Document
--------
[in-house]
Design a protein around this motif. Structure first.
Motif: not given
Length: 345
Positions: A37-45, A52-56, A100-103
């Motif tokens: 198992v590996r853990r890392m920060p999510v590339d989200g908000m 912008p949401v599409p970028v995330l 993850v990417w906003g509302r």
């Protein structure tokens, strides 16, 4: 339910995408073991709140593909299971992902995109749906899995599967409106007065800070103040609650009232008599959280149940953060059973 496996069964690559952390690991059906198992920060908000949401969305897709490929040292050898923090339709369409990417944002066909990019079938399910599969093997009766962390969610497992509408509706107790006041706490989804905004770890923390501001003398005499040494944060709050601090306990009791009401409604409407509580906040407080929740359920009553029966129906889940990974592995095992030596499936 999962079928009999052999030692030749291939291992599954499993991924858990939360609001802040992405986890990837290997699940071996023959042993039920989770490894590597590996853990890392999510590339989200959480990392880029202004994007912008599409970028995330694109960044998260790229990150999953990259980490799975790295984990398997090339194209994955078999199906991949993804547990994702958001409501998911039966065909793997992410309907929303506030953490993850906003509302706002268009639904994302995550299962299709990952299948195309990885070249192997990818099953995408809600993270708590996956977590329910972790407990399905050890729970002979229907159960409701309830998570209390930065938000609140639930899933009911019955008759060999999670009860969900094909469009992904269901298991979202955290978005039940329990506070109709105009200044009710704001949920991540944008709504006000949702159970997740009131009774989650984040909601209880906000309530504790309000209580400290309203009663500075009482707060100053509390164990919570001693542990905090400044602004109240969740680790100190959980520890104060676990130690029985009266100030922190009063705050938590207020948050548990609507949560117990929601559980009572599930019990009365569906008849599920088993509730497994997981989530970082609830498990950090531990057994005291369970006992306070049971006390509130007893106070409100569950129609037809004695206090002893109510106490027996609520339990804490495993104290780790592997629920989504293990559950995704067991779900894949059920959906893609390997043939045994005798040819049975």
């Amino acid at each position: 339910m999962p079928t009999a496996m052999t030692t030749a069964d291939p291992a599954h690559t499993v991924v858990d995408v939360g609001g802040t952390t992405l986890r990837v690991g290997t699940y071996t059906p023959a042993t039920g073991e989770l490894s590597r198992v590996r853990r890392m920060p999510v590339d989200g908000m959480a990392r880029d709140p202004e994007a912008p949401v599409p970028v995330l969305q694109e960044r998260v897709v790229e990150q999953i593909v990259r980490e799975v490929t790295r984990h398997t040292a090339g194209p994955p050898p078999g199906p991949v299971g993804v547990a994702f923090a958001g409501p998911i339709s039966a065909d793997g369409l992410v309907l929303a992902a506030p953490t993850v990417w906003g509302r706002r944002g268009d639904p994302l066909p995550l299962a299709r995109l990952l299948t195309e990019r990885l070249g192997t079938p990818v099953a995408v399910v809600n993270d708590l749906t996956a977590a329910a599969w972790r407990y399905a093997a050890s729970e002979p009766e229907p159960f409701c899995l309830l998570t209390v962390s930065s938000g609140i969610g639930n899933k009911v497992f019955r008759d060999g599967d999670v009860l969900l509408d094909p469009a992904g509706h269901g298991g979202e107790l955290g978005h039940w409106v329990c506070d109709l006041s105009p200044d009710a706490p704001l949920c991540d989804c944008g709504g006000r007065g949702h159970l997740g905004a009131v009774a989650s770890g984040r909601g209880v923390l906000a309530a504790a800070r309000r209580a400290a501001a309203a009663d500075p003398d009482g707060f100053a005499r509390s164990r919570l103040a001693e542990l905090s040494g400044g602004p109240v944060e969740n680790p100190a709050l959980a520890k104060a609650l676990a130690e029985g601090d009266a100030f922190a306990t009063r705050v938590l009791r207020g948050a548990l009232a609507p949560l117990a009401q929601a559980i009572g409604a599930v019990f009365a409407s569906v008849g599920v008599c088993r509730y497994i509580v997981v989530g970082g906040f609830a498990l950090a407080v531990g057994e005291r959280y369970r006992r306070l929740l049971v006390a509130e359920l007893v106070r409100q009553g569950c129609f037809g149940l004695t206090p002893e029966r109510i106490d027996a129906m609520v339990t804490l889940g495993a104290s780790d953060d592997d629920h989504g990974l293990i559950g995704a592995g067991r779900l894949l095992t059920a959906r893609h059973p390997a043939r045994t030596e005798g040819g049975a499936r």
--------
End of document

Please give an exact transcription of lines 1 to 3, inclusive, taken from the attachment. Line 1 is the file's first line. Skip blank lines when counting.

[in-house]
Design a protein around this motif. Structure first.
Motif: not given